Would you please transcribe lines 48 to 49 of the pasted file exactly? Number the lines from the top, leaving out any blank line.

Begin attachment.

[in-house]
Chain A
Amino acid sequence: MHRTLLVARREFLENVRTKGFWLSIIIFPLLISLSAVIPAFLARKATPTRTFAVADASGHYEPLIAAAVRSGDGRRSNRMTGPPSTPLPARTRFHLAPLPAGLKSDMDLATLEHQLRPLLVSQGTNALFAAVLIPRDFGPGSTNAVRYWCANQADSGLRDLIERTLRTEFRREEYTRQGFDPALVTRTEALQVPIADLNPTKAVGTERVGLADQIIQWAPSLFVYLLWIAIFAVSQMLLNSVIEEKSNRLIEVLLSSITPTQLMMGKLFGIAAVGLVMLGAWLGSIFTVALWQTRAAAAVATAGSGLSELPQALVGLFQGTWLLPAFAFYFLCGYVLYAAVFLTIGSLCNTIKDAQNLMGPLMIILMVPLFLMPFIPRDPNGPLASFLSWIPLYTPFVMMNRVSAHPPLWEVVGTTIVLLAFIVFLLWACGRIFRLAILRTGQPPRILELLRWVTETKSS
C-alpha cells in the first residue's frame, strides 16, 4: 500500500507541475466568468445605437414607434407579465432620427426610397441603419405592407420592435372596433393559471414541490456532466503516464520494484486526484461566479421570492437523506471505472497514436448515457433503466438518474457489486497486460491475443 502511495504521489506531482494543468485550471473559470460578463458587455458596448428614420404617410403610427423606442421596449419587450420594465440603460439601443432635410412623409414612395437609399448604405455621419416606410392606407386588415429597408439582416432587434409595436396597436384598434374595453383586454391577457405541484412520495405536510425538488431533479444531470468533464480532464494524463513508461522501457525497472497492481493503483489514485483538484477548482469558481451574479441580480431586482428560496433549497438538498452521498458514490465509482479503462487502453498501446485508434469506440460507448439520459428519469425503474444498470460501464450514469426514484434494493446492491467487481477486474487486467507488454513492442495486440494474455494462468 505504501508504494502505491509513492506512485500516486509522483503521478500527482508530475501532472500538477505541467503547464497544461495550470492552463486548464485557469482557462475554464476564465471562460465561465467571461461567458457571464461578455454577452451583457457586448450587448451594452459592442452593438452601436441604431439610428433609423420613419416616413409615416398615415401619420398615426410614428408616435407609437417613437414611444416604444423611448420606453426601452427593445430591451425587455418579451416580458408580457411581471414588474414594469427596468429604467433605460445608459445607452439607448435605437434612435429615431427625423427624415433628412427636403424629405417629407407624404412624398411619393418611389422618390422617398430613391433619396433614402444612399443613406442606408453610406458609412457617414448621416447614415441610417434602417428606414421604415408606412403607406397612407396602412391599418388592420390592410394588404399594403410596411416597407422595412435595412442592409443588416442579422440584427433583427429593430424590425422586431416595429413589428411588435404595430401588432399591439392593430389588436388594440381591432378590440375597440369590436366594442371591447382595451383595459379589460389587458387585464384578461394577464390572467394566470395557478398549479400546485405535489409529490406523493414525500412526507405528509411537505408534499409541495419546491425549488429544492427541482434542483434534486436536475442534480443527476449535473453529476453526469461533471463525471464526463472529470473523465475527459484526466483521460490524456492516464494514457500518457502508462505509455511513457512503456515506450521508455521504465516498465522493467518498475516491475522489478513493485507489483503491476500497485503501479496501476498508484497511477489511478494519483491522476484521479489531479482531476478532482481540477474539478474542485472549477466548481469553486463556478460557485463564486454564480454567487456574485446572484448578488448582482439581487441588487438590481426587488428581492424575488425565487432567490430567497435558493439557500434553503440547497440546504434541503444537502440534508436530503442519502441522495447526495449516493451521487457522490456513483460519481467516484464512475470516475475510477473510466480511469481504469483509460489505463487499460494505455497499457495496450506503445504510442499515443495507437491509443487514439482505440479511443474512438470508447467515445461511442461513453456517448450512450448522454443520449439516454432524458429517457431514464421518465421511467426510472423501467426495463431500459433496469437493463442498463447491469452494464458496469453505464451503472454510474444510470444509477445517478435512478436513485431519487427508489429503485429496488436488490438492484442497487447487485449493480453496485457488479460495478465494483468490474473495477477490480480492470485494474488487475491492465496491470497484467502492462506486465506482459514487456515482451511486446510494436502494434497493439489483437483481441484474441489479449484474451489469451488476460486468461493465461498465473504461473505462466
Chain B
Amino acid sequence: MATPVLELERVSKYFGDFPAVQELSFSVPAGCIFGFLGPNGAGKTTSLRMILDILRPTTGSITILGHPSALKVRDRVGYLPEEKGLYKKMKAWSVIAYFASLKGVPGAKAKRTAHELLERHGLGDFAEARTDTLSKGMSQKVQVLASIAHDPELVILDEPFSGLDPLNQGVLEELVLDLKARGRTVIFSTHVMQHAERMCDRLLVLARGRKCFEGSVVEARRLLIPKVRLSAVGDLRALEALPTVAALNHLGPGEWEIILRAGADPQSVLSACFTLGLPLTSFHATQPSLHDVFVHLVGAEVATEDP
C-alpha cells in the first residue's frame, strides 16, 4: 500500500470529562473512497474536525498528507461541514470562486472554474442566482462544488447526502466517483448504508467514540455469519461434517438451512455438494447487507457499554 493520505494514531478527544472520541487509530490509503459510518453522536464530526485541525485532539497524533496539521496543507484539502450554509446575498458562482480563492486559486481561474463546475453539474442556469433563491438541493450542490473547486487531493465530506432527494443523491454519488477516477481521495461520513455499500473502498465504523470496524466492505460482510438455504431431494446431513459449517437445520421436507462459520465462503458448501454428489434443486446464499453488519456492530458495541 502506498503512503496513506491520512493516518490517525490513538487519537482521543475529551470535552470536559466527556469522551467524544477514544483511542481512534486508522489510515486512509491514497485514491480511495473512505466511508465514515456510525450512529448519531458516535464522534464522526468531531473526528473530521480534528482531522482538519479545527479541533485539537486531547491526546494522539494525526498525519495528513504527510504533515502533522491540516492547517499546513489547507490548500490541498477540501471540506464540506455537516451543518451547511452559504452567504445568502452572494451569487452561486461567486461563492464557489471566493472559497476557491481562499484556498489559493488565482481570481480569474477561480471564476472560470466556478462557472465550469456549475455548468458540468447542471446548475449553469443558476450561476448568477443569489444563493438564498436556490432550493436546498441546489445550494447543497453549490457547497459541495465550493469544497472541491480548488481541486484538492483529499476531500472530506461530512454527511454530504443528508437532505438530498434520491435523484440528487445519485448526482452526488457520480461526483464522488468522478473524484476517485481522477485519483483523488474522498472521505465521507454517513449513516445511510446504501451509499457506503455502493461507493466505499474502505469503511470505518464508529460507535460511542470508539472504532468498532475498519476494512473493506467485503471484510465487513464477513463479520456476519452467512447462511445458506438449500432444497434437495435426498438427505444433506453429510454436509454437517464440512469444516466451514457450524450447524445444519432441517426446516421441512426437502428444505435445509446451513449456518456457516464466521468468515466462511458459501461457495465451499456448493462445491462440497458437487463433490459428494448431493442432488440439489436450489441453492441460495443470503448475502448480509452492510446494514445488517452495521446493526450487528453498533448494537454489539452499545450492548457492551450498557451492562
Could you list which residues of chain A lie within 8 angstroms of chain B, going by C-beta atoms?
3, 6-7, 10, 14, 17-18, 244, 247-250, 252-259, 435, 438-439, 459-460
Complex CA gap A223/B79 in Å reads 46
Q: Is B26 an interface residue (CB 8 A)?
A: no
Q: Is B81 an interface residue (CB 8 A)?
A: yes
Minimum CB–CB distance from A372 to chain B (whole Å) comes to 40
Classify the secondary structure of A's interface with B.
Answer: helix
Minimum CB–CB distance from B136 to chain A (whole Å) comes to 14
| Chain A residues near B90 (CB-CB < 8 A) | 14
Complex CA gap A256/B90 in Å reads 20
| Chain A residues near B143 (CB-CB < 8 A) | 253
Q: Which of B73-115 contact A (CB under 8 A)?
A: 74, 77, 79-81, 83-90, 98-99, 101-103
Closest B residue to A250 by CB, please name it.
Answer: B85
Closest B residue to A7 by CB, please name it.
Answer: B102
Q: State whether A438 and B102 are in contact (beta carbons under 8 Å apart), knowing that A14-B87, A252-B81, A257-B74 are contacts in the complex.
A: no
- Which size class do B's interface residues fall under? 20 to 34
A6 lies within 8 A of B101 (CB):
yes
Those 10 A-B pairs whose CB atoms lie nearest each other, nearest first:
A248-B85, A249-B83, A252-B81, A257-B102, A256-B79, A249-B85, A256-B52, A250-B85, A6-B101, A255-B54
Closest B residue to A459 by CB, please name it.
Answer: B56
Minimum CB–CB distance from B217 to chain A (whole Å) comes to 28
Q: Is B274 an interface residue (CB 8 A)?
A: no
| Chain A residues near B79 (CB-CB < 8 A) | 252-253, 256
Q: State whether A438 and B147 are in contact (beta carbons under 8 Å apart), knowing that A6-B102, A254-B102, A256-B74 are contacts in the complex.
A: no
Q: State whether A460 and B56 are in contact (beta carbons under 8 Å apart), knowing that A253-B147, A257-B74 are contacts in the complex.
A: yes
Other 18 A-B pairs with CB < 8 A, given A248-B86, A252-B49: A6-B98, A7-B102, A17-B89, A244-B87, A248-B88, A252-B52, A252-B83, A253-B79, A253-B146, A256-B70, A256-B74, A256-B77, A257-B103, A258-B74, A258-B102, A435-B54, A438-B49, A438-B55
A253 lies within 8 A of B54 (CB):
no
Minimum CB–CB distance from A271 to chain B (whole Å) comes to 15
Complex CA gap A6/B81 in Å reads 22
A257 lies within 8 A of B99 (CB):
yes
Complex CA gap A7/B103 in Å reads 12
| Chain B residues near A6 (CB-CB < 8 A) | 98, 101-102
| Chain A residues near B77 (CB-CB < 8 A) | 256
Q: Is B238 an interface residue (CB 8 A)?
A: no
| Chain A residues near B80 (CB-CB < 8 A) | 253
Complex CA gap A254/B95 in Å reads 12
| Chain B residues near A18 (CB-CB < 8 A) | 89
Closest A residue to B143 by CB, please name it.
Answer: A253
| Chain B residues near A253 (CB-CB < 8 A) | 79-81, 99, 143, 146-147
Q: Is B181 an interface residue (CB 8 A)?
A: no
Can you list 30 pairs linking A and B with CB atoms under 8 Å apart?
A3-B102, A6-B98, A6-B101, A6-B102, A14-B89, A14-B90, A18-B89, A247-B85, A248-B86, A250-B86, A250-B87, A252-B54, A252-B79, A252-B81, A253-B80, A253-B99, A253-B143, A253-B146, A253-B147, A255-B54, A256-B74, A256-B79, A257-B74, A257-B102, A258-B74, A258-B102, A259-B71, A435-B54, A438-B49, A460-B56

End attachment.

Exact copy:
Minimum CB–CB distance from A271 to chain B (whole Å) comes to 15
Complex CA gap A6/B81 in Å reads 22